The United States Postal Service suffered a data security breach at the end of 2014. Electronic files including information such as employee names, dates of birth, social security numbers, addresses, beginning and end dates of employment, and emergency contact information was compromised in the breach. The Postal Service offered affected employees a free year of credit monitoring services to help protect them from any potential identify theft, but the unions representing the employees wanted more.
The unions demanded that they should be involved in at-the-table discussions of how to respond to data security breaches. After being refused a seat at the table, the unions requested copious amounts of information. Unsatisfied with that they received, the unions filed unfair labor practice charges against the Postal Service for failing to furnish requested information about the breach. From management’s perspective, a union’s involvement in reacting to a data security breach will restrict a company’s flexibility and slow down the response time. Further, the Postal Service claims it could not have given employees or the union notice of the breach without compromising the investigation and remediation of the breach.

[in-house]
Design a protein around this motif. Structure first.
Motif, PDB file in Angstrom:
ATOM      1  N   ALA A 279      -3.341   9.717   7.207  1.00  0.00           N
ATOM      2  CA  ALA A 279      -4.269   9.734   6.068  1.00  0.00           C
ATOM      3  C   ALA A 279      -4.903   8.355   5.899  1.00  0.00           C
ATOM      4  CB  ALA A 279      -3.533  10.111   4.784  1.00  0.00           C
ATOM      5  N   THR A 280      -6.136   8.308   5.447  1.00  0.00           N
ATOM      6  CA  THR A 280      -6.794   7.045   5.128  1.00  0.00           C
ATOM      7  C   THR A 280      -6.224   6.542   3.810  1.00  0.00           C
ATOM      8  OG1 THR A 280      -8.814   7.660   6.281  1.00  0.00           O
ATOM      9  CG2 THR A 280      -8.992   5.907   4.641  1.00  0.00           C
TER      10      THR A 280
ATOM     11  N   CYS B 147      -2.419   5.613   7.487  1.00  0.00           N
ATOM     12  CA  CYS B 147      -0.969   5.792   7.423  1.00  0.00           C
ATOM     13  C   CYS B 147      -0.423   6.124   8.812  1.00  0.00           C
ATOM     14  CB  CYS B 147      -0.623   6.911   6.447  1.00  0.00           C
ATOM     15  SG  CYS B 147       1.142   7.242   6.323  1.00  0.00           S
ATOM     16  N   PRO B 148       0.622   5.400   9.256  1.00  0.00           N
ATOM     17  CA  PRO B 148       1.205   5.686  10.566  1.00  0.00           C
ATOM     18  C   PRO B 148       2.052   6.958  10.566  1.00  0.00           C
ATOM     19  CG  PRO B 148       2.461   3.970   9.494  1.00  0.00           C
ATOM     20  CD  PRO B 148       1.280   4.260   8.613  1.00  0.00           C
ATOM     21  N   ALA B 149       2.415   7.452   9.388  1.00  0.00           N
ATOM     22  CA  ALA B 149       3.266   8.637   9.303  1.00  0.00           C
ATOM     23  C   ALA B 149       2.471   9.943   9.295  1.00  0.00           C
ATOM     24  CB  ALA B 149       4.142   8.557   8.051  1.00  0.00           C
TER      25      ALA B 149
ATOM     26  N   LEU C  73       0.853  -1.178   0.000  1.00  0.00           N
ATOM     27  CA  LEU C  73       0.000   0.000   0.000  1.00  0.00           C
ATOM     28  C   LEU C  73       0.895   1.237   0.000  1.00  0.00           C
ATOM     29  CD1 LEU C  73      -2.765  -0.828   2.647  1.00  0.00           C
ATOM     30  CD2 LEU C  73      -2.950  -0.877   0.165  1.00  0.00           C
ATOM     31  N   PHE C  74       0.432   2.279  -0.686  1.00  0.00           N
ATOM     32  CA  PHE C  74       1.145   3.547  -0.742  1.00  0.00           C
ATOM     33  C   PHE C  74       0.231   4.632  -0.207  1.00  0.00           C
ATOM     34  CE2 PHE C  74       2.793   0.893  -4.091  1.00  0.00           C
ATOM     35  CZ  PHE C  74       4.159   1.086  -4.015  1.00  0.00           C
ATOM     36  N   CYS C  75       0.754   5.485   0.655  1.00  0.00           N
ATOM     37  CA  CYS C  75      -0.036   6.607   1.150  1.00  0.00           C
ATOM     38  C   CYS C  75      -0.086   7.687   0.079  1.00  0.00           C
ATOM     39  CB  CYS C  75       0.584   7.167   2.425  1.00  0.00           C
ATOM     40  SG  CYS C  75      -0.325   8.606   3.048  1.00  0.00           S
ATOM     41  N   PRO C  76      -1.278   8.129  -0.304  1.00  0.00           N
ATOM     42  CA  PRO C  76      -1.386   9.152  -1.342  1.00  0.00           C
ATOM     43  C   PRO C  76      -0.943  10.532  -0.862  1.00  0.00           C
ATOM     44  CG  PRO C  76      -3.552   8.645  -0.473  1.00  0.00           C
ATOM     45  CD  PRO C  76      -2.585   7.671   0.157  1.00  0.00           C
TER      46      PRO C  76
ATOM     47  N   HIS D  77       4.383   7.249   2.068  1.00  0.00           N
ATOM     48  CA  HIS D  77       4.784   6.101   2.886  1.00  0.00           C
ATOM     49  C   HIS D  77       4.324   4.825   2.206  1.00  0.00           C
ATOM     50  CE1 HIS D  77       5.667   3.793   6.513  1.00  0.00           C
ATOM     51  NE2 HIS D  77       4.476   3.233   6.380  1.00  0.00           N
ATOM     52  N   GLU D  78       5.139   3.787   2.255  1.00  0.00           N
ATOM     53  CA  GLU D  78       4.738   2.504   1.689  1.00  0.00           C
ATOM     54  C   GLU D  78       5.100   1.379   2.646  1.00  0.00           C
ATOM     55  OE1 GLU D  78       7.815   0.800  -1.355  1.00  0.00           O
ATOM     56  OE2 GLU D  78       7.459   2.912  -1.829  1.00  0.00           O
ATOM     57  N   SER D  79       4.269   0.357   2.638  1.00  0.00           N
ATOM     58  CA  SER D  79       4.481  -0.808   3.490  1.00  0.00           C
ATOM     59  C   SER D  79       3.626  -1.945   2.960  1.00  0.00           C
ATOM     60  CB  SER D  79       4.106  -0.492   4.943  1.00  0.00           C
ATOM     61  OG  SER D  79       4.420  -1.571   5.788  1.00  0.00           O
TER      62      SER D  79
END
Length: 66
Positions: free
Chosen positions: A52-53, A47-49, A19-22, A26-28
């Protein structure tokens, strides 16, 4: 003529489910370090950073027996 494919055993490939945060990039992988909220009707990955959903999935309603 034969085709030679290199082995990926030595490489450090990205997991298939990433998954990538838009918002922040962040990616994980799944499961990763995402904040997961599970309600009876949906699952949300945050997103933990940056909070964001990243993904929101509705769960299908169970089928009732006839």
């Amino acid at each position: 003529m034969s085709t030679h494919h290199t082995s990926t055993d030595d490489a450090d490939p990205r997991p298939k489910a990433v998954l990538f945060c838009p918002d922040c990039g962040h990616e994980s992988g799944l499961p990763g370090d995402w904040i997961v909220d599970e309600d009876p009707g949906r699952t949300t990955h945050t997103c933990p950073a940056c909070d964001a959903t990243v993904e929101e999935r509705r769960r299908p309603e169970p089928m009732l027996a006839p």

This Postal Service case will be interesting to monitor. Headlines are rife with data security breaches from nationwide companies down to local mom and pop shops. The outcome of this case will likely govern whether companies can respond to future security breaches with agility and temporary confidentiality, or if they need to bargain with their unions about how to best protect sensitive corporate data.